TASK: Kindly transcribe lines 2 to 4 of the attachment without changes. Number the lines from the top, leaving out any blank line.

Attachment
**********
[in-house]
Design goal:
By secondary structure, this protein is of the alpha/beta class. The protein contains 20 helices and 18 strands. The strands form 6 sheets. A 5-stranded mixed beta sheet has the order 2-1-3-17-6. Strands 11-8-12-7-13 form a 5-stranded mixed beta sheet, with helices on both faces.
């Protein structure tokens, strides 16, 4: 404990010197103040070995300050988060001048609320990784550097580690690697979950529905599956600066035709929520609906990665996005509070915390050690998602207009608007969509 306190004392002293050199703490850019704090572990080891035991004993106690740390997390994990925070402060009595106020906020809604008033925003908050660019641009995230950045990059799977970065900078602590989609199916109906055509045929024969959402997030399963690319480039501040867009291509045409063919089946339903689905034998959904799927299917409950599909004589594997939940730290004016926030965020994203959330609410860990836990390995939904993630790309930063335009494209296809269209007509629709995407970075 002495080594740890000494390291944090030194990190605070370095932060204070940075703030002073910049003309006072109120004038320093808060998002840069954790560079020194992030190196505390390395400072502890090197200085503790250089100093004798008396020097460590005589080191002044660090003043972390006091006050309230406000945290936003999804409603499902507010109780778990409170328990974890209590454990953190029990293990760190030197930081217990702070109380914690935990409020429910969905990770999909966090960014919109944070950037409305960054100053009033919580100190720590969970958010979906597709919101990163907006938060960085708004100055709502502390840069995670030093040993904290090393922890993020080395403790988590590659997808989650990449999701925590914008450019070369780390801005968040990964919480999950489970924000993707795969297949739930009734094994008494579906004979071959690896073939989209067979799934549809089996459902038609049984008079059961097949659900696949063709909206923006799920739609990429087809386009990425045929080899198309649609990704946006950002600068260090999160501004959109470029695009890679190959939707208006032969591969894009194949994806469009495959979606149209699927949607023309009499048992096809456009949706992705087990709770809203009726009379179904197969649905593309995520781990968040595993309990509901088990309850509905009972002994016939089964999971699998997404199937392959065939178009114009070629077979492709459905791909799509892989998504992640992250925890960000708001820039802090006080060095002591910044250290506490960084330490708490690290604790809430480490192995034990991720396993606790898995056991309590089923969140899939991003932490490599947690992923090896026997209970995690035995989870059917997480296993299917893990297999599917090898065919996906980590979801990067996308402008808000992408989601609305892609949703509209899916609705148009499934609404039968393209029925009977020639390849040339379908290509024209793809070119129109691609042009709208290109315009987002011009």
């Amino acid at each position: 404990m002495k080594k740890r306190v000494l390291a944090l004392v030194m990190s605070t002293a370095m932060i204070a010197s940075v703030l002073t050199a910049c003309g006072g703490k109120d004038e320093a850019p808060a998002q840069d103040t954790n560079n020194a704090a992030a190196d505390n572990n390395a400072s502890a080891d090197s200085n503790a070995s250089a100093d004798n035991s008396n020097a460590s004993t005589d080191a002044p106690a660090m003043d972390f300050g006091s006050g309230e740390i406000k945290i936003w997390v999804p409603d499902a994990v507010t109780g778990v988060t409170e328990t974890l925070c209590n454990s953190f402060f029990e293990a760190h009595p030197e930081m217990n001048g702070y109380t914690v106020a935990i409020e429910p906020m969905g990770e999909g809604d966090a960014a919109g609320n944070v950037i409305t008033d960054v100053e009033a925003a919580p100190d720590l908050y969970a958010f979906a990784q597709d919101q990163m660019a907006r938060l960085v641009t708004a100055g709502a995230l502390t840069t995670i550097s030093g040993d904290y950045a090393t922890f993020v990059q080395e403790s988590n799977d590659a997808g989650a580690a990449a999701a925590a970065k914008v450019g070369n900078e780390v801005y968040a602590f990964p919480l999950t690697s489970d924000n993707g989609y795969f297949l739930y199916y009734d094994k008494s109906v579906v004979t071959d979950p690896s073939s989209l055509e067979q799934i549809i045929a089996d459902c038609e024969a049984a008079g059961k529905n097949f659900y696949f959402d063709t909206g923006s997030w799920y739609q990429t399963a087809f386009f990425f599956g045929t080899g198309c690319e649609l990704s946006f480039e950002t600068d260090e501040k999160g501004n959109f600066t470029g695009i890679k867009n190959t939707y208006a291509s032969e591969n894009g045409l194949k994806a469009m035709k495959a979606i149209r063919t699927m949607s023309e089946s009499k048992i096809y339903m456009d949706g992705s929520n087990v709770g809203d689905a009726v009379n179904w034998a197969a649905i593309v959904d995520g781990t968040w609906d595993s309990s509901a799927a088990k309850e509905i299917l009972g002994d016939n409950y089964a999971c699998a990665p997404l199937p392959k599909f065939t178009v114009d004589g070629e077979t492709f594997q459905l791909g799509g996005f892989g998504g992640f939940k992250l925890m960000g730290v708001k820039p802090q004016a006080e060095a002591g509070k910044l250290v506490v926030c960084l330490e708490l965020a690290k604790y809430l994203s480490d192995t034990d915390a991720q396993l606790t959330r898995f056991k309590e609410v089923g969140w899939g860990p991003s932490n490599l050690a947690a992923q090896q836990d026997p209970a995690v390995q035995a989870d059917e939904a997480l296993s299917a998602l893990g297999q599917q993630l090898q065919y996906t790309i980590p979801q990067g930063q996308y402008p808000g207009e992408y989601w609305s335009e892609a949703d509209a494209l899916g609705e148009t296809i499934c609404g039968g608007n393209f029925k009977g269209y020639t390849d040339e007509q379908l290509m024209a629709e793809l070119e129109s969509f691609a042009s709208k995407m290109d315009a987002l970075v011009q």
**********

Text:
Design goal:
By secondary structure, this protein is of the alpha/beta class. The protein contains 20 helices and 18 strands. The strands form 6 sheets. A 5-stranded mixed beta sheet has the order 2-1-3-17-6. Strands 11-8-12-7-13 form a 5-stranded mixed beta sheet, with helices on both faces.
């Protein structure tokens, strides 16, 4: 404990010197103040070995300050988060001048609320990784550097580690690697979950529905599956600066035709929520609906990665996005509070915390050690998602207009608007969509 306190004392002293050199703490850019704090572990080891035991004993106690740390997390994990925070402060009595106020906020809604008033925003908050660019641009995230950045990059799977970065900078602590989609199916109906055509045929024969959402997030399963690319480039501040867009291509045409063919089946339903689905034998959904799927299917409950599909004589594997939940730290004016926030965020994203959330609410860990836990390995939904993630790309930063335009494209296809269209007509629709995407970075 002495080594740890000494390291944090030194990190605070370095932060204070940075703030002073910049003309006072109120004038320093808060998002840069954790560079020194992030190196505390390395400072502890090197200085503790250089100093004798008396020097460590005589080191002044660090003043972390006091006050309230406000945290936003999804409603499902507010109780778990409170328990974890209590454990953190029990293990760190030197930081217990702070109380914690935990409020429910969905990770999909966090960014919109944070950037409305960054100053009033919580100190720590969970958010979906597709919101990163907006938060960085708004100055709502502390840069995670030093040993904290090393922890993020080395403790988590590659997808989650990449999701925590914008450019070369780390801005968040990964919480999950489970924000993707795969297949739930009734094994008494579906004979071959690896073939989209067979799934549809089996459902038609049984008079059961097949659900696949063709909206923006799920739609990429087809386009990425045929080899198309649609990704946006950002600068260090999160501004959109470029695009890679190959939707208006032969591969894009194949994806469009495959979606149209699927949607023309009499048992096809456009949706992705087990709770809203009726009379179904197969649905593309995520781990968040595993309990509901088990309850509905009972002994016939089964999971699998997404199937392959065939178009114009070629077979492709459905791909799509892989998504992640992250925890960000708001820039802090006080060095002591910044250290506490960084330490708490690290604790809430480490192995034990991720396993606790898995056991309590089923969140899939991003932490490599947690992923090896026997209970995690035995989870059917997480296993299917893990297999599917090898065919996906980590979801990067996308402008808000992408989601609305892609949703509209899916609705148009499934609404039968393209029925009977020639390849040339379908290509024209793809070119129109691609042009709208290109315009987002011009």